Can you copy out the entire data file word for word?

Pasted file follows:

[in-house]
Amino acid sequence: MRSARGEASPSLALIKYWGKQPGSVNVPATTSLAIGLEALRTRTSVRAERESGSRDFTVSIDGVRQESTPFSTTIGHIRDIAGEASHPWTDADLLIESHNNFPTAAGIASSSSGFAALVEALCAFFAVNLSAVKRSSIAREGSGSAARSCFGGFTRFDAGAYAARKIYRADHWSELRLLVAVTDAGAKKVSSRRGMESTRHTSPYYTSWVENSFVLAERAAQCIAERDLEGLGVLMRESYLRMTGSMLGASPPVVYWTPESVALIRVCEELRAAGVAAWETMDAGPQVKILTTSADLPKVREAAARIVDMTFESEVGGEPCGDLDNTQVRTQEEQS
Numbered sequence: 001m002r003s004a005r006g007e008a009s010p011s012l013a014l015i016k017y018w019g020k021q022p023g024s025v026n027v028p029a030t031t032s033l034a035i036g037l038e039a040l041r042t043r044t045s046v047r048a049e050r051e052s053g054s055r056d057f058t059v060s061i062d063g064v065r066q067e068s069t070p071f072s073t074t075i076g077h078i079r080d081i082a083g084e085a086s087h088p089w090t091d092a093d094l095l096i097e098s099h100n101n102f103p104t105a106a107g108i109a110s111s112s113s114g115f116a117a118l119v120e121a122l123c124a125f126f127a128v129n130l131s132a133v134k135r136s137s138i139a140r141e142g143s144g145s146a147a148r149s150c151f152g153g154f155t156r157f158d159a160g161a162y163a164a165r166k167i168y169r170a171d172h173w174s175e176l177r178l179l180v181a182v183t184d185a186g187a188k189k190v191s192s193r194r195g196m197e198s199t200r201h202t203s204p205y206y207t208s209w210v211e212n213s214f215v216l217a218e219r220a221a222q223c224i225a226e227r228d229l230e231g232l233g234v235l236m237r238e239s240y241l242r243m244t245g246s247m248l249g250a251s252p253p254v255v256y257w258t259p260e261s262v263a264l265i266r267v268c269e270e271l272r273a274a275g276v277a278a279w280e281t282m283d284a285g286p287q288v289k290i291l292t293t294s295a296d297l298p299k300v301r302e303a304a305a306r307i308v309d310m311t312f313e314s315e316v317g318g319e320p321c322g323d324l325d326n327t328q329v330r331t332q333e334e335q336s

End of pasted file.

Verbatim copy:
[in-house]
Amino acid sequence: MRSARGEASPSLALIKYWGKQPGSVNVPATTSLAIGLEALRTRTSVRAERESGSRDFTVSIDGVRQESTPFSTTIGHIRDIAGEASHPWTDADLLIESHNNFPTAAGIASSSSGFAALVEALCAFFAVNLSAVKRSSIAREGSGSAARSCFGGFTRFDAGAYAARKIYRADHWSELRLLVAVTDAGAKKVSSRRGMESTRHTSPYYTSWVENSFVLAERAAQCIAERDLEGLGVLMRESYLRMTGSMLGASPPVVYWTPESVALIRVCEELRAAGVAAWETMDAGPQVKILTTSADLPKVREAAARIVDMTFESEVGGEPCGDLDNTQVRTQEEQS
Numbered sequence: 001m002r003s004a005r006g007e008a009s010p011s012l013a014l015i016k017y018w019g020k021q022p023g024s025v026n027v028p029a030t031t032s033l034a035i036g037l038e039a040l041r042t043r044t045s046v047r048a049e050r051e052s053g054s055r056d057f058t059v060s061i062d063g064v065r066q067e068s069t070p071f072s073t074t075i076g077h078i079r080d081i082a083g084e085a086s087h088p089w090t091d092a093d094l095l096i097e098s099h100n101n102f103p104t105a106a107g108i109a110s111s112s113s114g115f116a117a118l119v120e121a122l123c124a125f126f127a128v129n130l131s132a133v134k135r136s137s138i139a140r141e142g143s144g145s146a147a148r149s150c151f152g153g154f155t156r157f158d159a160g161a162y163a164a165r166k167i168y169r170a171d172h173w174s175e176l177r178l179l180v181a182v183t184d185a186g187a188k189k190v191s192s193r194r195g196m197e198s199t200r201h202t203s204p205y206y207t208s209w210v211e212n213s214f215v216l217a218e219r220a221a222q223c224i225a226e227r228d229l230e231g232l233g234v235l236m237r238e239s240y241l242r243m244t245g246s247m248l249g250a251s252p253p254v255v256y257w258t259p260e261s262v263a264l265i266r267v268c269e270e271l272r273a274a275g276v277a278a279w280e281t282m283d284a285g286p287q288v289k290i291l292t293t294s295a296d297l298p299k300v301r302e303a304a305a306r307i308v309d310m311t312f313e314s315e316v317g318g319e320p321c322g323d324l325d326n327t328q329v330r331t332q333e334e335q336s